Save your seat to attend VantagePoint’s FREE Live AI Training, and bring a couple of your own ticker symbols as they’ll be forecasting in [real-time] stocks of your choice.
Influencers are now creative directors
The Future. Because influencers are no longer dependent upon brands to make a living, brands are now approaching them as true collaborators. If brands hope to monetize influencer audiences, they may need to offer creators more incentives to work with them. This could reverse long-standing power dynamics, from brands telling influencers what they want to asking them what they should do.
From transactional to collaborative
Brands are tapping influencers for “creative ideation and thoughtful strategic direction” to make content that’s “durable, lasting and impactful,” says Zach Blume, co-founder of the creative shop Portal A, in Digiday.
- Wild Turkey has been using celebrity creative directors, like Matthew McConaughey, to stand out in the whiskey marketplace for years.
- Online retailer PrettyLittleThing appointed former Love Island star Molly-Mae Hague as its UK and EU creative director in August 2021.
- Diet Coke hired model Kate Moss as its first creative director in over a decade for its 40th anniversary in July 2022.
- Louis Vuitton tapped Pharrell last month to replace the late Virgil Abloh as its men’s creative director.
1:1 emotional bond
If influencers know what resonates with consumers better than brands, they stand to gain a lot of money by leading the creative process.
How much more they’ll make for a more collaborative or longer-term relationship will ultimately come down to the influencer, the brand, and the nature of their relationship.
Still, in a fragmented advertising landscape getting harder to break through, influencers have become more appealing than ever.
Planning the future of technology
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Their team of investigative journalists scours over 100 patents every week for clues about what the world's most influential companies could be up to next — uncovering trends before anyone else. If Mark Zuckerberg & Tim Cook agreed on one thing, it would be this tech newsletter.
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The best curated daily stories from around the web
Ford raises the stakes on late car payments
The automaker’s latest patent application shows that Ford is interested in building a system to allow a car to lock out its driver and even repossess itself if its driver doesn’t keep up with payments. The process would begin with the vehicle disabling features like GPS, AC, and the radio — or emitting an “incessant and unpleasant sound” whenever the driver is in the car. If the owner still doesn’t take action, the car may self-drive to a spot “convenient for a truck to tow the vehicle” or a repo agency. If it costs more to repossess the car than it’s worth, it could even drive itself to a scrapyard. Terrifying.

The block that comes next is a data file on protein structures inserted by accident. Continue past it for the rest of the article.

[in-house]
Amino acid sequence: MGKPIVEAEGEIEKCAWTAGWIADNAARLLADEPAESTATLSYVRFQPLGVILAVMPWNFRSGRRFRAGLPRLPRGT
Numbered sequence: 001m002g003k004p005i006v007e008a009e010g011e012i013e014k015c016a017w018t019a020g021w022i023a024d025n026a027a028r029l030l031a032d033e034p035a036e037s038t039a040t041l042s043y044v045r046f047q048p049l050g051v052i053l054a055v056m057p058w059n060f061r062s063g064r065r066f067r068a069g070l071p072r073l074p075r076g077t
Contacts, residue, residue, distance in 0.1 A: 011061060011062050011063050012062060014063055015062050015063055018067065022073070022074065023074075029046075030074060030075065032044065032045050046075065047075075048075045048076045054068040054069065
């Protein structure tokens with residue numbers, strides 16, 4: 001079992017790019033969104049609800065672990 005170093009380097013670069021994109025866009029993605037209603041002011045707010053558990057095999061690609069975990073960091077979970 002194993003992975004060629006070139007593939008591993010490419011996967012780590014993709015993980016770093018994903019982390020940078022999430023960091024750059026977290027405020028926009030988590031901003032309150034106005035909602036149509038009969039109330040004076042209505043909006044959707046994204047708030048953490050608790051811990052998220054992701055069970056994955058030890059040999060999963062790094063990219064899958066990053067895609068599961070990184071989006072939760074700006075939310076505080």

Read More → insider
YouTube joins the AI culture wars
Even though Google has long been seen as a pioneer in AI research, some critics have argued that the company has been too slow to roll out its own generative AI products. Well, that’s about to change in the coming months. YouTube chief product officer Neal Mohan says that creators will soon be able to virtually swap outfits in videos and produce “fantastical film settings” through AI’s generative capabilities. Mohan says the company would take the time to develop its AI features “with thoughtful guardrails” and “protections to embrace this technology responsibly.” Exciting.
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Apple slaps an age restriction on BlueMail
The app review team has blocked an update of the email app BlueMail over concerns that it could generate inappropriate content for children, according to Ben Volach, co-founder of BlueMail developer Blix. BlueMail’s new AI feature uses ChatGPT to help automate email writing with the contents of prior emails and calendar events. Because the app could produce inappropriate content, Apple says that BlueMail should move up its age restriction to 17 and older or include content filtering.
Read More → wsj
Security robots are here
According to a new report by Forrester Research, employing a robot guard vs. a human can save a company $79,000 per year. In security work, “the hours are long, stress runs high, isolation is real, and the tasks are tedious,” the report argues. “Automation can help.” Food delivery startup DoorDash is already using robots across its corporate sites and is finding success with the new “hires.” Hey, if it’s safer for a robot to confront intruders, we’re in.
Read More → axios
Teachers use ChatGPT more than their students
A new survey asked 1,002 K-12 teachers and 1,000 students (ages 12-17) nationwide for their views on the chatbot. It found that half of the teachers use ChatGPT for school work, compared to a third of students. 39% of teachers reported using generative AI for lesson planning, 30% for brainstorming creative ideas for classes, and 27% for acquiring background info for lessons. It looks like ChatGPT has already had a positive impact on education.
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Today's email was brought to you by David Vendrell and Kait Cunniff.
Editing by Nick Comney. Publishing by Sara Kitnick.